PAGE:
Big names are vital. Just ask the manager of the Man United shop. The arrival of Schneiderlin and Schweinsteiger has done wonders for the sale of repro tops and they’ve run out of letters. Benedict Cumberbatch, please join Carlisle United. They’re desperate for some extra income.

Beards are still in. The whole Prem is bristling with them, the skinniest, weediest player convinced he’s Andrea Pirlo. Even my young friend and neighbour Ed Miliband has grown a beard, according to his holiday snaps. Sign him.

Boots Not always had my best specs on, but here and abroad I detect a new form of bootee creeping in – slightly higher on the ankle, not heavy-plated as in the old days but very light, probably made from the bums of newborn babies.

Barclays Still driving me mad. Now it’s screaming from the perimeter boards that it’s “Championing the true Spirit of the Game”. What the hell does that mean? Thank God this is its last season as proud sponsor of the Prem.

Pitches Some groundsmen have clearly been on the weeds. How else can you explain the Stoke pitch suddenly having concentric circles, while Southampton and Portsmouth have acquired tartan stripes? Go easy on the mowers, chaps. Footballers find it hard enough to pass in straight lines.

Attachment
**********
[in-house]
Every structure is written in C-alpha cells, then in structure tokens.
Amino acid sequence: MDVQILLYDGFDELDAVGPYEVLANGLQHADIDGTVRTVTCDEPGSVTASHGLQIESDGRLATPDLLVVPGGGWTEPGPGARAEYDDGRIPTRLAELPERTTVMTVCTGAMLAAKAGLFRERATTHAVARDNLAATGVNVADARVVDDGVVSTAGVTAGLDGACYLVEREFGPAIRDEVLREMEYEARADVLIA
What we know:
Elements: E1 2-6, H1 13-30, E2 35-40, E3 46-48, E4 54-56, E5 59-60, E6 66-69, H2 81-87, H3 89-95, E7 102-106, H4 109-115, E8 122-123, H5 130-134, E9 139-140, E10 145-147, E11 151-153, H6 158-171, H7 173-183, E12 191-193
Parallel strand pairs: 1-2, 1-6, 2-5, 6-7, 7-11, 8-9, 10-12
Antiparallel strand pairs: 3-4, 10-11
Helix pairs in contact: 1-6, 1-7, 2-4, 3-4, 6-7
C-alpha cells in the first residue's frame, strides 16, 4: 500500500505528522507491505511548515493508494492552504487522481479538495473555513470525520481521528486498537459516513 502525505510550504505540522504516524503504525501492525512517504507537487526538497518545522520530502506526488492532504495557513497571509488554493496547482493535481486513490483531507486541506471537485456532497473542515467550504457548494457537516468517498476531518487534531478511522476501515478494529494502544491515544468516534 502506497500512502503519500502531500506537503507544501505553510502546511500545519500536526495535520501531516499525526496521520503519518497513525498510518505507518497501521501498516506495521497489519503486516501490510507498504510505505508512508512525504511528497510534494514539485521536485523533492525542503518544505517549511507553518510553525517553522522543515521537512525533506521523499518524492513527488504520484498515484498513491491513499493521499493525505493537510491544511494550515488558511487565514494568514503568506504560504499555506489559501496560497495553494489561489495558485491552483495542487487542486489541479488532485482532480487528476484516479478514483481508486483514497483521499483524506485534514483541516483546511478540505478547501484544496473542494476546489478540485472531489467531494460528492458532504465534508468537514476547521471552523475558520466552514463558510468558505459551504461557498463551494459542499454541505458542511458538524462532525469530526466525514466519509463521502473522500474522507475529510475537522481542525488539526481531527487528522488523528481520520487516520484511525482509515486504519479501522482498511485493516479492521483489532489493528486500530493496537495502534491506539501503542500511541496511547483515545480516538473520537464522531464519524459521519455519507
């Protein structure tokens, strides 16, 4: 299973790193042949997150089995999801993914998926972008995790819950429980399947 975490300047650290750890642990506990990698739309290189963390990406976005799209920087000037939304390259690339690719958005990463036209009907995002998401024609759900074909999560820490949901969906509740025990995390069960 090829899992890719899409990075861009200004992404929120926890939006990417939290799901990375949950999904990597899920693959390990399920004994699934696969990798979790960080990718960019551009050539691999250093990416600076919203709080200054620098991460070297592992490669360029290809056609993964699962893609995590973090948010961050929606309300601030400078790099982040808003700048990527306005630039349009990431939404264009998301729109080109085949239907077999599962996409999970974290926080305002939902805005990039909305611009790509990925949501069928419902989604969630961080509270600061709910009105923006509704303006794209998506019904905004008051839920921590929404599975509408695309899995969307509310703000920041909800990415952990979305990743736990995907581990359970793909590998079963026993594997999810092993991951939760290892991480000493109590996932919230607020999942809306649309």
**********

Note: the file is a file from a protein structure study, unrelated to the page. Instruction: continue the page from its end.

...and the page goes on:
Strips Have you seen the Everton third kit top? Like a cheap market-stall T-shirt, but the colour, my dears, the colour is gorgeous – it’s Thames green. Yes, the very same we painted our front door back in the Seventies. The whole street copied, then le toot middle classes everywhere.

Scott Spedding Which international team do you think he plays for? I switched on the telly to find it was rugby, heard his name and thought, goodo, must be Scotland, come on, Scotland. Turned out to be the England-France game. Hmm, must be a member of that famous Cumbrian family, the Speddings from Mirehouse, where Tennyson imagined King Arthur’s Excalibur coming out the lake. Blow me, Scott Spedding turns out to be a Frenchman. Though he only acquired French citizenship last year, having been born and bred in South Africa. What’s in a name, eh?